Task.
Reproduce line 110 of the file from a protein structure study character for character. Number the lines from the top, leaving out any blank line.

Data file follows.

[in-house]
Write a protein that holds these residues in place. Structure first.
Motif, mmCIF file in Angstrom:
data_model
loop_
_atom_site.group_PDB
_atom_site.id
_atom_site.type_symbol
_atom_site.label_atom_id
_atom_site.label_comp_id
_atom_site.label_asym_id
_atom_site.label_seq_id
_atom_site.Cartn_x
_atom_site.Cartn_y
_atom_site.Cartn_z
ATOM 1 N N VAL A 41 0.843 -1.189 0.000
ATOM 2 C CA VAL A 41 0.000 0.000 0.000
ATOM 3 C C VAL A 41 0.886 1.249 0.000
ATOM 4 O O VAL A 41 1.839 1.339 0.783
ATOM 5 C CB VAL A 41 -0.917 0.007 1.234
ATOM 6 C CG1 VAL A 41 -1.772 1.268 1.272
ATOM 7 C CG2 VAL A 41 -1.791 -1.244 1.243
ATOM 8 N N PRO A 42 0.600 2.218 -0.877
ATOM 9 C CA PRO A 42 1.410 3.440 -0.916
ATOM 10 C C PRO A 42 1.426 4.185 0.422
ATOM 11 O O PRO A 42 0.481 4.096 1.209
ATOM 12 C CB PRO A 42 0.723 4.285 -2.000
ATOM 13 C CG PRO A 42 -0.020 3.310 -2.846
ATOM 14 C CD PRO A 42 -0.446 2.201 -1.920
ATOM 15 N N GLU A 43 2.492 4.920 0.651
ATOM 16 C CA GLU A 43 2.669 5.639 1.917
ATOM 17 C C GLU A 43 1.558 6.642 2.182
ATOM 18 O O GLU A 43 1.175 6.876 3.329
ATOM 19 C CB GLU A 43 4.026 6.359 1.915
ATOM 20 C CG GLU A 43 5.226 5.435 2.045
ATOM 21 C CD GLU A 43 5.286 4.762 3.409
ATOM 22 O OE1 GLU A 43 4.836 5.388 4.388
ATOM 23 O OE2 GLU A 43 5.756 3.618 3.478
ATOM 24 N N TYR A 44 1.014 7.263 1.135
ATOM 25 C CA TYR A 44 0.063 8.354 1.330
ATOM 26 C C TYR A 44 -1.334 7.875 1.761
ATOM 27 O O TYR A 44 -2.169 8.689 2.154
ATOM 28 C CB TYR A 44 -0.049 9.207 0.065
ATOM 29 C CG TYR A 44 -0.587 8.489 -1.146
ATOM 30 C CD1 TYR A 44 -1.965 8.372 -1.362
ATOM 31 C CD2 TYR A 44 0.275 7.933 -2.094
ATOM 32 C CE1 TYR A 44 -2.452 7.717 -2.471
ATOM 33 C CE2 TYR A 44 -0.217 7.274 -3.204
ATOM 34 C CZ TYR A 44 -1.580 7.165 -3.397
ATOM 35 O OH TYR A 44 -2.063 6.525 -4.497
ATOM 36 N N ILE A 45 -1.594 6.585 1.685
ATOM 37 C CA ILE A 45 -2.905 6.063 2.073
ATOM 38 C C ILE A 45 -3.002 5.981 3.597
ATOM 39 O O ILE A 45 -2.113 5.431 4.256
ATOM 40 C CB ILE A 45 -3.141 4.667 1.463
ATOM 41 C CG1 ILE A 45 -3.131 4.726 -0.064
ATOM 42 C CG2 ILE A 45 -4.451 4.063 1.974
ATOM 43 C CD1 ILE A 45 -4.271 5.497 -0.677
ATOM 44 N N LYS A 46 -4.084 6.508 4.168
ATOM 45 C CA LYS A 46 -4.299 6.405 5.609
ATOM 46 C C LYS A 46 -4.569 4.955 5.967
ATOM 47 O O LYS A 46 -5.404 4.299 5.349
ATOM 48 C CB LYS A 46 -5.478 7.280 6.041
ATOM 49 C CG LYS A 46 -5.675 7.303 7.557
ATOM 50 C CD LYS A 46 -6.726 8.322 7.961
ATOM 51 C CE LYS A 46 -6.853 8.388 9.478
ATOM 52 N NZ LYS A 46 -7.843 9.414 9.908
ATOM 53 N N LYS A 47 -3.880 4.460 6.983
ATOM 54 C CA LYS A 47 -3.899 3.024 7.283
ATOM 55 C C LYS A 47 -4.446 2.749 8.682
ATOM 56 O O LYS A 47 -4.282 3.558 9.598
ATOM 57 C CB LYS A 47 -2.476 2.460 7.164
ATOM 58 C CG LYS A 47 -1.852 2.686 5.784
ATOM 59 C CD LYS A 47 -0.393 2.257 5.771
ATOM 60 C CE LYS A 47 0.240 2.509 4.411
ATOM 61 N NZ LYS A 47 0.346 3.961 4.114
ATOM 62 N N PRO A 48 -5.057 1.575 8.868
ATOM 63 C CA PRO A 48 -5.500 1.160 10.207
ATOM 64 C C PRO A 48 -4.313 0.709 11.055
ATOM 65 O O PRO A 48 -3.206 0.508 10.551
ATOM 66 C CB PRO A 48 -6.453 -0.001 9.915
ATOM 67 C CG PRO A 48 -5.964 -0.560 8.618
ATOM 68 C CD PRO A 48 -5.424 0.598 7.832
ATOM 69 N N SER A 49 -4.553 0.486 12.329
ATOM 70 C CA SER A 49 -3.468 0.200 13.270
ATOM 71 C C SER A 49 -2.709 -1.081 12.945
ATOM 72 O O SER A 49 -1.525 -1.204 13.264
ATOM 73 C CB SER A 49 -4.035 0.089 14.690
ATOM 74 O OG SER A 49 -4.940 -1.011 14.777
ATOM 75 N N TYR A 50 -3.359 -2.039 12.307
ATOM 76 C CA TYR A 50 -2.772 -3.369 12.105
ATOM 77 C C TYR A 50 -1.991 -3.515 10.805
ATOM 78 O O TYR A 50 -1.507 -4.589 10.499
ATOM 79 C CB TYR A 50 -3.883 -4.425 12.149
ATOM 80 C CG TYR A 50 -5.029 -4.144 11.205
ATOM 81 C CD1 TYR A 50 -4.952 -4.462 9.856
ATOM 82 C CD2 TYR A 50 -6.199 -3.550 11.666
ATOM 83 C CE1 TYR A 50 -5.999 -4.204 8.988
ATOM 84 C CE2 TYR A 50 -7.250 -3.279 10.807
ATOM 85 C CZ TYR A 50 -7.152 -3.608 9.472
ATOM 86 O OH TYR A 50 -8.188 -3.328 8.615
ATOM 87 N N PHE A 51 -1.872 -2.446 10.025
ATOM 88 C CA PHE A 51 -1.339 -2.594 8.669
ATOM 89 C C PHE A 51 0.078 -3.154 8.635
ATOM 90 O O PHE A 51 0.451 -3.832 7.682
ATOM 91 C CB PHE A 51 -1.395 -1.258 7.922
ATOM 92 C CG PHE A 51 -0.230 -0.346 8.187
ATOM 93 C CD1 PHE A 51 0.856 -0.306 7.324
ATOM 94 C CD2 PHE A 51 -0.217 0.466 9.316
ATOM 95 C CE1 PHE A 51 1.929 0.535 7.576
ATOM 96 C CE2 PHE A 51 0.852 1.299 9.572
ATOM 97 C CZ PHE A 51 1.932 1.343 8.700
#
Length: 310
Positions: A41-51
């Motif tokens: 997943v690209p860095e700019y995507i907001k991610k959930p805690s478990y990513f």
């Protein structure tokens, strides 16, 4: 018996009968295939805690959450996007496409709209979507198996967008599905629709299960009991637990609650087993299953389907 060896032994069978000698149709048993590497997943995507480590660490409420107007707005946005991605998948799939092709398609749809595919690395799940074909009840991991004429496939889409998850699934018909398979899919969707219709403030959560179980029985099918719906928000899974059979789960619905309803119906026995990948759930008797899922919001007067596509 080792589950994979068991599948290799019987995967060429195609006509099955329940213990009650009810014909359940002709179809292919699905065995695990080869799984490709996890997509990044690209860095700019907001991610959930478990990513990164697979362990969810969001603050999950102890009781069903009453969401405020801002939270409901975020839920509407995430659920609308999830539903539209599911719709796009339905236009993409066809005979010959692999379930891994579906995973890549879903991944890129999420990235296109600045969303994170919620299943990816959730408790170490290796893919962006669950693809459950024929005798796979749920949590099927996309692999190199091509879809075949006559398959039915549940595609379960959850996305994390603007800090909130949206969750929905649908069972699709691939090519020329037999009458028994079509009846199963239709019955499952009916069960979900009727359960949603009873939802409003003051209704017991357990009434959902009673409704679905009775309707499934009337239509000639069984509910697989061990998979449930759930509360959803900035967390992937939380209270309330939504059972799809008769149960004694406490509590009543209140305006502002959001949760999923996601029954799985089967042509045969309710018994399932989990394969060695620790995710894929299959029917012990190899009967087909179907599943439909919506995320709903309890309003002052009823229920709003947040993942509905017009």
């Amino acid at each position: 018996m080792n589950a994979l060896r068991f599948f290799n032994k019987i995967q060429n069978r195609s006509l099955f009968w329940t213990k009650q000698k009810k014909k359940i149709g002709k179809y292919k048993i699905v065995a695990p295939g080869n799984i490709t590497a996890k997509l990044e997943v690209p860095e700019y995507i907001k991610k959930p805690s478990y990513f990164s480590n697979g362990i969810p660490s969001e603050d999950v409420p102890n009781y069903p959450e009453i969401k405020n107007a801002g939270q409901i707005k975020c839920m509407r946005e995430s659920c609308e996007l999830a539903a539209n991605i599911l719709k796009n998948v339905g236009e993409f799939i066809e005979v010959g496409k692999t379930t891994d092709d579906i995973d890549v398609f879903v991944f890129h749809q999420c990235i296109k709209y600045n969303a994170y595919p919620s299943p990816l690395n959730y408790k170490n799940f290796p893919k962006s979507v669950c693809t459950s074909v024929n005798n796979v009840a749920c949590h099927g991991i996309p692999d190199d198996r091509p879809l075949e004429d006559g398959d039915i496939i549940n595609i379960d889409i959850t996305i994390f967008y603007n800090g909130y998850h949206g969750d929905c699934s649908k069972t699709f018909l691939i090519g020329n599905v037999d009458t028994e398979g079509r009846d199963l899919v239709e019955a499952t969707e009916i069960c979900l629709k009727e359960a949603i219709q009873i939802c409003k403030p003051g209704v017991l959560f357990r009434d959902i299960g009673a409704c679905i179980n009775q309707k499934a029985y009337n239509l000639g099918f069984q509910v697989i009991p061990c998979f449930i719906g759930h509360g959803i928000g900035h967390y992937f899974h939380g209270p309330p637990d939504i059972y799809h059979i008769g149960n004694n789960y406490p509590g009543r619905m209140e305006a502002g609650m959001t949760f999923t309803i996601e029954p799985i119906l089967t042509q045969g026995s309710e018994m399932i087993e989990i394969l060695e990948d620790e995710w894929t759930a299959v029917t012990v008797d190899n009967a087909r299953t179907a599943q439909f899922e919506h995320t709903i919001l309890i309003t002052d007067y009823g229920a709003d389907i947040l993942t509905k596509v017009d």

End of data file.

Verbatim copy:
ATOM 95 C CE1 PHE A 51 1.929 0.535 7.576